This article was written by Steve Midgley and published by BCC
It’s a familiar phrase: love covers over a multitude of sins (1 Pet. 4:8). But how does it sit with the biblical counseling community?
To some, biblical counseling seems obsessed with sin. As though finding, exposing, and naming sin and then bringing people to repentance from sin was the full gamut of the biblical counseling enterprise. From that perspective, every biblical counseling conversation is nothing more than a relentless kind of sin hunt.
An Obsession with Sin?
Such descriptions are, of course, inadequate and inaccurate caricatures. Yet, they are not without a kernel of truth. For in the unfolding story of the Bible, sin is the problem. Sometimes it is our own sin that leads to suffering for us and others. Sometimes it is the sin of others. At other times trouble arises simply because sin produced the fall, which has led to trouble. In an essential sense, sin is the problem. For that reason, the Bible has been described as a book of two halves. Genesis chapters 1-3 constitute the first half, where we discover humanity’s problem, and Genesis 4 to Revelation 22 provide the second half, where, ever so slowly, we discover God’s glorious solution. If sin is—in that sense—the problem, then good counseling will involve helping people identify the difficulties sin is creating and how, in their particular circumstances, the gospel of grace—God’s great solution to sin—will provide them with help.
Should We Really Cover Over Sin?
That is precisely why 1 Peter 4:8 may not sit easily with the biblical counseling community. To a counseling theory that thinks sin is the problem and doing business with sin is the solution, covering over even a single sin may seem alarming—nevermind covering a multitude. If sin is the problem and repentance the solution, how could covering it over help? We want it out in the open, so it can be dealt with.
So, what sense shall we make of this verse? Proverbs may help. Peter, it seems, is borrowing from Proverbs 10:12, which says, “Hatred stirs up conflict, but love covers over all wrongs.” Peter, then, may be primarily thinking about the life of a community. That, indeed, is the context of 1 Peter 4, where Peter teaches about hospitality (v. 9), the use of gifts (v. 10), and speaking God’s word (v. 11). In church community, Peter is saying, “love each other deeply, because love covers over a multitude of sins” (v. 8).
What Covering Over Can’t Mean
There are various things this verse cannot mean. It can’t mean “never confront but only ever graciously overlook.” At times godly confrontation will be needed. It also can’t mean “tolerate abuse and overlook oppression.” In recent years, we have finally woken up to the many ways power can be misused. Attending to abuse is much overdue. The Christian church should be leading the way, and it is a tragedy when the opposite has been true. When it comes to using power to bless others (by setting it aside), we have the supreme example in Jesus Christ.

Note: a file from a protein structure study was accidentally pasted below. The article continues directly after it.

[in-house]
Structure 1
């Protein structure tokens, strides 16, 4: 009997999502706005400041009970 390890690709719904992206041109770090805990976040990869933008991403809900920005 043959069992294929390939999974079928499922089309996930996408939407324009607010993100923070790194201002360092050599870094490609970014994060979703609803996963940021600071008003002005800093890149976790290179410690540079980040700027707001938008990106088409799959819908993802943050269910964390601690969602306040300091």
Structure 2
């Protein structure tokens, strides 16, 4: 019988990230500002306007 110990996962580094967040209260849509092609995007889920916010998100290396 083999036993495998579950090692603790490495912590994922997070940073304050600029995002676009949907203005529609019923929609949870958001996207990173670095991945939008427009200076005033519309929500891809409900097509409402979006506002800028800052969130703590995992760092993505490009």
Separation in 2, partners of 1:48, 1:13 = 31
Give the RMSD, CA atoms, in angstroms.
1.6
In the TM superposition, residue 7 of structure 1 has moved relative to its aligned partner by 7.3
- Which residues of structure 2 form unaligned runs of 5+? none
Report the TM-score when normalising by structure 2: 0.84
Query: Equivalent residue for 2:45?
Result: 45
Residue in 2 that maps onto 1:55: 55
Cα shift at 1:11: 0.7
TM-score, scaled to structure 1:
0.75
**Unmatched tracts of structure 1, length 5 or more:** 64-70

Three Things This Verse Should Mean for Us
1. Imitation of God
First, in imitation of God, we should have an instinct to forgive. It should, if you like, be our default mode—so that we will, frequently, simply choose to overlook sin. Something in us should want to move past sin so that relational harmony can be sustained and not disrupted. This is an expression of Ephesians 4:2, where Paul urges believers to “be completely humble and gentle: be patient, bearing with one another in love.” Bearing with one another in love: God has found a way of doing that with us. Entirely through His initiative and without any contribution on our side, He found a way to set sin aside and restore us to relationship with Himself. We should want to do likewise. If there is a way to let sin go so that it does not disrupt community life, we should be eager to take it. As has rightly been said, we are never more like God than when we are forgiving.
2. Resisting Personal Affront
We should also work hard to identify the motives for our responses to sin. We need to distinguish between responses driven by personal affront and responses driven by love for others. It’s instructive to notice that, in the gospel accounts, when Jesus is angry, it is never a response to personal affront. When He confronts the Pharisees, it is because their self-righteousness is damaging other people (e.g., Matt 25:13). He clears the temple because God’s honor is compromised (Mark 11:15-17). It is never aroused simply out of personal affront. We should learn from that. Confrontation of sin that is driven by self-interest is never an imitation of Christ. And such errors are further compounded by a tendency to respond to criticism with ugly, self-justifying defensiveness.
3. The Character of our Churches
Third, we learn here a key component in creating welcoming church communities. For where love does cover over a multitude of sins, communities will exude a sense of welcome and warmth, a sense of unity and peace, generosity and joy. But where it is lacking, churches will be grumpy and cold, judgmental and harsh, divided and disturbed. In this covering over of sin, we become imitators of Christ Himself, which produces profoundly attractive communities. For by this, Jesus tells us, “everyone will know that you are my disciples, if you love one another” (John 13:35).